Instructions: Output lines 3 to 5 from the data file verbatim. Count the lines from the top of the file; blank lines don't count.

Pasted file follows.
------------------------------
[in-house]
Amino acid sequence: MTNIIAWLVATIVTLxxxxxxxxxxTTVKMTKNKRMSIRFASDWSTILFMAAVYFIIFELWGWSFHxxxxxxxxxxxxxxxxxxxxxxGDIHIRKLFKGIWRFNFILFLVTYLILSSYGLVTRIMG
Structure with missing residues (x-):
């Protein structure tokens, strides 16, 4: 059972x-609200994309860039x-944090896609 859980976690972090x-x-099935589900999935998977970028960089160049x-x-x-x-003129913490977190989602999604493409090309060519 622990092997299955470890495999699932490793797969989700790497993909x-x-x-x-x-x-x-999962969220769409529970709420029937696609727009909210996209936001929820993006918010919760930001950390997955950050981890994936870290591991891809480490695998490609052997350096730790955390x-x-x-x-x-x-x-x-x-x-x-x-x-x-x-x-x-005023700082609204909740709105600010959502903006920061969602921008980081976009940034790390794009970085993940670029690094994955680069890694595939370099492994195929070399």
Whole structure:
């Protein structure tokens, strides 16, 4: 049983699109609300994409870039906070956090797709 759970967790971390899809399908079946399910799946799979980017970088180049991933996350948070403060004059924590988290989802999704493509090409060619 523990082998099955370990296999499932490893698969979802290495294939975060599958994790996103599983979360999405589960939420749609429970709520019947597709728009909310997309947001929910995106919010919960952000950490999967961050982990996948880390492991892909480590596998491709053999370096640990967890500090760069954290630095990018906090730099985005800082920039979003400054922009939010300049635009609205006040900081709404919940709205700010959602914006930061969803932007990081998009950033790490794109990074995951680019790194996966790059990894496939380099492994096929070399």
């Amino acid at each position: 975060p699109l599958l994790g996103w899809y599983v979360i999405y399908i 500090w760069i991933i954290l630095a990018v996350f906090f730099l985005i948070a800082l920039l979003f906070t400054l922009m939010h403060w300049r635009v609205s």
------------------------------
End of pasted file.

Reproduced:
Structure with missing residues (x-):
């Protein structure tokens, strides 16, 4: 059972x-609200994309860039x-944090896609 859980976690972090x-x-099935589900999935998977970028960089160049x-x-x-x-003129913490977190989602999604493409090309060519 622990092997299955470890495999699932490793797969989700790497993909x-x-x-x-x-x-x-999962969220769409529970709420029937696609727009909210996209936001929820993006918010919760930001950390997955950050981890994936870290591991891809480490695998490609052997350096730790955390x-x-x-x-x-x-x-x-x-x-x-x-x-x-x-x-x-005023700082609204909740709105600010959502903006920061969602921008980081976009940034790390794009970085993940670029690094994955680069890694595939370099492994195929070399």
Whole structure: